Intended for healthcare professionals

Research Article

Diagnosing cancer in general practice: when is cancer suspected?

Br Med J (Clin Res Ed) 1986; 293 doi: (Published 26 July 1986) Cite this as: Br Med J (Clin Res Ed) 1986;293:245
  1. M Nylenna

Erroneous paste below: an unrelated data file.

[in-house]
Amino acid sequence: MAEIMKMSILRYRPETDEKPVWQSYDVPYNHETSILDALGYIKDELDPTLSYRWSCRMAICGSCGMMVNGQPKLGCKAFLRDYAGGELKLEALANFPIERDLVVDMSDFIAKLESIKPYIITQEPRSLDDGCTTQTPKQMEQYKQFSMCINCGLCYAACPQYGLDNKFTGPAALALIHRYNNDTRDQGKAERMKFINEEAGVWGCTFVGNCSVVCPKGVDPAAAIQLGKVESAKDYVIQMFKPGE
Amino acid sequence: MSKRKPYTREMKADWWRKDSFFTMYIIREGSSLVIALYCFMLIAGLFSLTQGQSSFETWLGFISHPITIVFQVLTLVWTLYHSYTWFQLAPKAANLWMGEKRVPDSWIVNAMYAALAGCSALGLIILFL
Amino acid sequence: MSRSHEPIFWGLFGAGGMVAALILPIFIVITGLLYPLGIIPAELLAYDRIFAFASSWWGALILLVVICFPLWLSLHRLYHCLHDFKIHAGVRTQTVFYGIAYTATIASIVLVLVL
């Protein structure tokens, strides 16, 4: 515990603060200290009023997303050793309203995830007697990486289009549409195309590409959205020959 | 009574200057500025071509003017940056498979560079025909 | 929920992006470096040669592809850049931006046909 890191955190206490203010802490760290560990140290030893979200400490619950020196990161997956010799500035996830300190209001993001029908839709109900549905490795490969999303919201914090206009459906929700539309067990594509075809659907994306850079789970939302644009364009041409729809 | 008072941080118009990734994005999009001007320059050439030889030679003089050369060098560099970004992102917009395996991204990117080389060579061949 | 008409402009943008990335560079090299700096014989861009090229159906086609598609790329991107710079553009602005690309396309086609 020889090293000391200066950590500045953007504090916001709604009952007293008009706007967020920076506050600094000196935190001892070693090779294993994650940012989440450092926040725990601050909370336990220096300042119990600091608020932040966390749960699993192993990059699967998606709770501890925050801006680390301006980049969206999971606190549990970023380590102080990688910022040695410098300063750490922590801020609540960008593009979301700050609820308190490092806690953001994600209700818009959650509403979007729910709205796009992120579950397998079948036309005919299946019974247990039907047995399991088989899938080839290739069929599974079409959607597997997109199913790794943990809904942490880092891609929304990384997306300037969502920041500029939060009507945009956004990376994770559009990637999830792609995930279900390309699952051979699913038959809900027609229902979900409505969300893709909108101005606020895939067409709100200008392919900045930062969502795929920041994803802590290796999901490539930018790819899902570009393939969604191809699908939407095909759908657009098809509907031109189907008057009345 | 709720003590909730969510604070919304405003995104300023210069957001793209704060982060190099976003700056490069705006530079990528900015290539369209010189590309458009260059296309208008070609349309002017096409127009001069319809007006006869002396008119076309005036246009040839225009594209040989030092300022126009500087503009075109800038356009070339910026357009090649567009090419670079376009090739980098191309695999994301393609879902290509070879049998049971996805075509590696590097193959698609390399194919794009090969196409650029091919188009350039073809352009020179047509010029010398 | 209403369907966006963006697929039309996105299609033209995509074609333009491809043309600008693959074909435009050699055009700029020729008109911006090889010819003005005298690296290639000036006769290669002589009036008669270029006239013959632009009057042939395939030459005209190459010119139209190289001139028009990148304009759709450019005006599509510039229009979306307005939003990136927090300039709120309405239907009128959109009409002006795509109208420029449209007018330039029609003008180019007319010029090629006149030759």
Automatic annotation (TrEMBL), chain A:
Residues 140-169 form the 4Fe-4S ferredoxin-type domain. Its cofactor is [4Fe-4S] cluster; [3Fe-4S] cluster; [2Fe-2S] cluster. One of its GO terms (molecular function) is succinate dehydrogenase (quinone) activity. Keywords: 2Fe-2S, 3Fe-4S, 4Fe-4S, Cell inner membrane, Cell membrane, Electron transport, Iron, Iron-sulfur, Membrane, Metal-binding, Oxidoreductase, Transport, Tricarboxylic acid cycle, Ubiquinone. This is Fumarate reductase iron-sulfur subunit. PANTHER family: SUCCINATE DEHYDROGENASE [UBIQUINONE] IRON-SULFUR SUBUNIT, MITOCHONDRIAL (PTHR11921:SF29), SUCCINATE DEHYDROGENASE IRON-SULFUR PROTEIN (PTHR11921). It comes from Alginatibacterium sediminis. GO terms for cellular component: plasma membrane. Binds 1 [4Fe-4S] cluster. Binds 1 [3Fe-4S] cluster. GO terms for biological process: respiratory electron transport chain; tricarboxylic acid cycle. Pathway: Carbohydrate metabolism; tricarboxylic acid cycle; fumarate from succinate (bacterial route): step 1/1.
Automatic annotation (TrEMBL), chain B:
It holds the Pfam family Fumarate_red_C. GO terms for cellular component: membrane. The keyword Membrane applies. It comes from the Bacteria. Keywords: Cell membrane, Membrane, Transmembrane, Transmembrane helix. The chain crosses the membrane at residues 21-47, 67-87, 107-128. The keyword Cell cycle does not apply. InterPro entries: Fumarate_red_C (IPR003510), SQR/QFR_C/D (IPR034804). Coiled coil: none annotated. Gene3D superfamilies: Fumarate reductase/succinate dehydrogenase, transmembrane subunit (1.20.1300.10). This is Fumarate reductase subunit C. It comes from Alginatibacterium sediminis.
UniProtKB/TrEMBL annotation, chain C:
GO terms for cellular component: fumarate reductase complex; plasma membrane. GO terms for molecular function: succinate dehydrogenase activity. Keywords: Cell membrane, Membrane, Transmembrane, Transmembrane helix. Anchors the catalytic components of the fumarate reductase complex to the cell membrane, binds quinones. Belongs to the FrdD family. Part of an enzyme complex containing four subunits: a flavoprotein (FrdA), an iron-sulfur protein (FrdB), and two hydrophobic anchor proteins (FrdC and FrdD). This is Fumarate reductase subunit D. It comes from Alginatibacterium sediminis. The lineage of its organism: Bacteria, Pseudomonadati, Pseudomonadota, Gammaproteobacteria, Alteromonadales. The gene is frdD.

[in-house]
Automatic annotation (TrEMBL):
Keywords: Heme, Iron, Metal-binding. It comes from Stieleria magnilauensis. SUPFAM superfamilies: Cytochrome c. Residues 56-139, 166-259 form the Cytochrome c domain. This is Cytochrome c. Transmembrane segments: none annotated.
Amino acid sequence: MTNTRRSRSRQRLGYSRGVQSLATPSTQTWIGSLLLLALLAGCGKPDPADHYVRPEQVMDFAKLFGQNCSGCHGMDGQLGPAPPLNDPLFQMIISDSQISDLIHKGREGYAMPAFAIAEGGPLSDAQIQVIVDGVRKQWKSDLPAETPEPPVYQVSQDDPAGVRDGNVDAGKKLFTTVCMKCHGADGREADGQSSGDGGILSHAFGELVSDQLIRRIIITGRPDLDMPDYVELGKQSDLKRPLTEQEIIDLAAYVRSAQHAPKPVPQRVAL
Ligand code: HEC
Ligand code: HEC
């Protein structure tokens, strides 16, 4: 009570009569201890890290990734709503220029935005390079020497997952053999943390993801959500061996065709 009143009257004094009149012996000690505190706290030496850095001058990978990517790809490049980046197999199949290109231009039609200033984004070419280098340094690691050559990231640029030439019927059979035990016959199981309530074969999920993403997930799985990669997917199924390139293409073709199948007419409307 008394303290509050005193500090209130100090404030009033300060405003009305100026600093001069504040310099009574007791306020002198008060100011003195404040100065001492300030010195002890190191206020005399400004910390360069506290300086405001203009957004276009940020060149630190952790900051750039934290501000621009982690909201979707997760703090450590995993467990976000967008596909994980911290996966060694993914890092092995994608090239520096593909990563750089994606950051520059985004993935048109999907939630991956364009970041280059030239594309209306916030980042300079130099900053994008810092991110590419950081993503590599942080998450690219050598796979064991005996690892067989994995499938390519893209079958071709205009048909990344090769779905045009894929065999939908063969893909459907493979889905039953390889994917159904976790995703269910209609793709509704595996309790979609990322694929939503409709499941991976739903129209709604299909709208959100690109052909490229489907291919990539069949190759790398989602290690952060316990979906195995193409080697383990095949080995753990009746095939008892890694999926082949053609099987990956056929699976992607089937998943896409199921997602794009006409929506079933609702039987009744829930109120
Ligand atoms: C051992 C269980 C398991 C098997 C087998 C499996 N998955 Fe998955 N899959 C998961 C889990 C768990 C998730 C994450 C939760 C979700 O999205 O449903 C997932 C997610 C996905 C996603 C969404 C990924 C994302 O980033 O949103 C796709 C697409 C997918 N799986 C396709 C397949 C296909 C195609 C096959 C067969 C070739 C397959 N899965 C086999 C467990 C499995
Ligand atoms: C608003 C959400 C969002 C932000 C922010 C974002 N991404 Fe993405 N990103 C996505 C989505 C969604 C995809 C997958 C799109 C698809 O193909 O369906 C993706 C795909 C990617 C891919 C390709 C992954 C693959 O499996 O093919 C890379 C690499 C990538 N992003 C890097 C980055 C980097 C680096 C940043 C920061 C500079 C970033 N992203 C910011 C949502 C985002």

Of 10,278 encounters with patients recorded by 33 general practitioners in a defined Norwegian population during a two month period, 429 (4.2%) were classified as resulting in a follow up for suspected cancer. The patient's fear of cancer was the most important indicator of suspicion of cancer among the doctors. Patients who consulted for digestive and gynaecological problems were most frequently suspected of having cancer. Comparing the pattern of suspicion of cancer with the incidence of cancer in the area showed a relative oversuspicion in young patients and women.